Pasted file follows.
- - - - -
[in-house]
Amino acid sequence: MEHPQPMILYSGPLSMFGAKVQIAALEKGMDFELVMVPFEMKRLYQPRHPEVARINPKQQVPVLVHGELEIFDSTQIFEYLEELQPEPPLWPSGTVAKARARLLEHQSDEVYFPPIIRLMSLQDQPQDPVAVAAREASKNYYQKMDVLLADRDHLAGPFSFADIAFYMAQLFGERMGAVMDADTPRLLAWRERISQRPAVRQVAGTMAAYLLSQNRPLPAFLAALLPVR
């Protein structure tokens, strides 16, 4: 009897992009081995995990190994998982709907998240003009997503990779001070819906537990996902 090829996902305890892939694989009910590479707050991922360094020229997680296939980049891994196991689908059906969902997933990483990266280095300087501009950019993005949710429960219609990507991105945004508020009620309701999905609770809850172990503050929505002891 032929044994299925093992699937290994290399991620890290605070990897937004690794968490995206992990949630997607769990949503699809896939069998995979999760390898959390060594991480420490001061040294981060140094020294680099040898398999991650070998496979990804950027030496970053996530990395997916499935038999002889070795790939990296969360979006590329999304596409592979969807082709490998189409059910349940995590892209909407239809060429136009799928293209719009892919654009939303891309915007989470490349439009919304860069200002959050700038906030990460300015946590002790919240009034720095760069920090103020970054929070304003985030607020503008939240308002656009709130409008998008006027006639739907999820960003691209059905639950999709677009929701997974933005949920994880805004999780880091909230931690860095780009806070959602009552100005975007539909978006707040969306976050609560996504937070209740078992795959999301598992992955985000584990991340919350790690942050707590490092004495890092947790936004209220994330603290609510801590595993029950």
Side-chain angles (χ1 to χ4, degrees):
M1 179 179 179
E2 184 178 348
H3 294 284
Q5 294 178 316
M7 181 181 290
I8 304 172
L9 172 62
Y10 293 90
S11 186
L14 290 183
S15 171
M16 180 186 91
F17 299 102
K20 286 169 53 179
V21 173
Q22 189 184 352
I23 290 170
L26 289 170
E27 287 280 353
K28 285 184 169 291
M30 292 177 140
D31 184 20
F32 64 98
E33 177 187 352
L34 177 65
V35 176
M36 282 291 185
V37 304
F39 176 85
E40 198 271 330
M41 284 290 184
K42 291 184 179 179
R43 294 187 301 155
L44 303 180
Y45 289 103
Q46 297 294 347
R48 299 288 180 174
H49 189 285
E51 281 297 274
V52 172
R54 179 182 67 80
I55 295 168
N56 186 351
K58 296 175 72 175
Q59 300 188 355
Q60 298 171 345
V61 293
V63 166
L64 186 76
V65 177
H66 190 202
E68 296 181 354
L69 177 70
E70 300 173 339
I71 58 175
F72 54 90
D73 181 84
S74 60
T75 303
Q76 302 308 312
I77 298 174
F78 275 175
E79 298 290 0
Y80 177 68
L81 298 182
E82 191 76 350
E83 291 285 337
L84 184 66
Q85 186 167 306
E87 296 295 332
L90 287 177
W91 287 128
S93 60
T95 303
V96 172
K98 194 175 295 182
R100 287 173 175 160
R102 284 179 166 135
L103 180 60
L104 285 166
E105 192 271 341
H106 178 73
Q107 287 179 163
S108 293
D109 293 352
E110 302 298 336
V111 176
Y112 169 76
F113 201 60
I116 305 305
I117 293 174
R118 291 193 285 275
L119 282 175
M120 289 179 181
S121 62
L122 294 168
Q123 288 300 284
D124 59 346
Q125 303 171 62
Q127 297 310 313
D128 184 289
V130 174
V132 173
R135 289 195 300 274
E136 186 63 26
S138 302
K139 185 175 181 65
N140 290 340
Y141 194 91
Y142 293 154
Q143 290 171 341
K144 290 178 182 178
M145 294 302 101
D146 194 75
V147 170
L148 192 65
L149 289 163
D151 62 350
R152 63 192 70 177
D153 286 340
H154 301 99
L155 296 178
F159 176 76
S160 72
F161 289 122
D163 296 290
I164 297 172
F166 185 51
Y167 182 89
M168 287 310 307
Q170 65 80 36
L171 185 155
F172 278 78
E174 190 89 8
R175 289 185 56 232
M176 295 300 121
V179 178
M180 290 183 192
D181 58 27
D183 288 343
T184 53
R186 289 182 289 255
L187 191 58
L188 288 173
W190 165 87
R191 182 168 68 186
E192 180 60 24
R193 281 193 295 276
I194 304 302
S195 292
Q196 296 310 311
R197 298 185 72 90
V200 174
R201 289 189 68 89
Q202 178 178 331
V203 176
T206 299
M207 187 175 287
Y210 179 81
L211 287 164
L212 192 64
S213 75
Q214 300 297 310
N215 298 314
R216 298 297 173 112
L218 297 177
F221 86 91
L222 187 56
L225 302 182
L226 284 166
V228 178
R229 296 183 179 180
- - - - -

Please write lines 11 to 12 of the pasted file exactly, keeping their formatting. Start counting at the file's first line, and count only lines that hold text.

L9 172 62
Y10 293 90